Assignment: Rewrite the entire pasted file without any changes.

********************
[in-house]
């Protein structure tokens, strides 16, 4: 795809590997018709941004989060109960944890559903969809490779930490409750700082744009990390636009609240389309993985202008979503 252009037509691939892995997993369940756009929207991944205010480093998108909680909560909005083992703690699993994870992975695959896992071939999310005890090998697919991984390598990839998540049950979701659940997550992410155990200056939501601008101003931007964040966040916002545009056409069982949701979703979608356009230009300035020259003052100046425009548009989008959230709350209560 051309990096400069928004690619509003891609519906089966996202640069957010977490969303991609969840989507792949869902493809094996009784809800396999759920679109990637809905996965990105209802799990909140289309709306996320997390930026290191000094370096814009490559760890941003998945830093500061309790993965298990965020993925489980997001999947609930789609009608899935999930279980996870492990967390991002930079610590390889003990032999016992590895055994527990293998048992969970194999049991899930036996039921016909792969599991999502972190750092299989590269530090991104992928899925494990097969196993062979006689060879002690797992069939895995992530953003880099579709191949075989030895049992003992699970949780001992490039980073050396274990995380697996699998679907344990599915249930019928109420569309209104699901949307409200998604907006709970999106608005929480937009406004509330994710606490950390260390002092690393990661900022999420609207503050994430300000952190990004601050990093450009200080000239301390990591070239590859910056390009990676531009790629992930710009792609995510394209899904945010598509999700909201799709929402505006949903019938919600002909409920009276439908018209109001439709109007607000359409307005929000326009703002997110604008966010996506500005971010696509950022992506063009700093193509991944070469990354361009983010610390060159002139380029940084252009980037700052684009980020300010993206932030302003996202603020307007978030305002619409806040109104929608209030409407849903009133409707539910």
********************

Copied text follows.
[in-house]
């Protein structure tokens, strides 16, 4: 795809590997018709941004989060109960944890559903969809490779930490409750700082744009990390636009609240389309993985202008979503 252009037509691939892995997993369940756009929207991944205010480093998108909680909560909005083992703690699993994870992975695959896992071939999310005890090998697919991984390598990839998540049950979701659940997550992410155990200056939501601008101003931007964040966040916002545009056409069982949701979703979608356009230009300035020259003052100046425009548009989008959230709350209560 051309990096400069928004690619509003891609519906089966996202640069957010977490969303991609969840989507792949869902493809094996009784809800396999759920679109990637809905996965990105209802799990909140289309709306996320997390930026290191000094370096814009490559760890941003998945830093500061309790993965298990965020993925489980997001999947609930789609009608899935999930279980996870492990967390991002930079610590390889003990032999016992590895055994527990293998048992969970194999049991899930036996039921016909792969599991999502972190750092299989590269530090991104992928899925494990097969196993062979006689060879002690797992069939895995992530953003880099579709191949075989030895049992003992699970949780001992490039980073050396274990995380697996699998679907344990599915249930019928109420569309209104699901949307409200998604907006709970999106608005929480937009406004509330994710606490950390260390002092690393990661900022999420609207503050994430300000952190990004601050990093450009200080000239301390990591070239590859910056390009990676531009790629992930710009792609995510394209899904945010598509999700909201799709929402505006949903019938919600002909409920009276439908018209109001439709109007607000359409307005929000326009703002997110604008966010996506500005971010696509950022992506063009700093193509991944070469990354361009983010610390060159002139380029940084252009980037700052684009980020300010993206932030302003996202603020307007978030305002619409806040109104929608209030409407849903009133409707539910």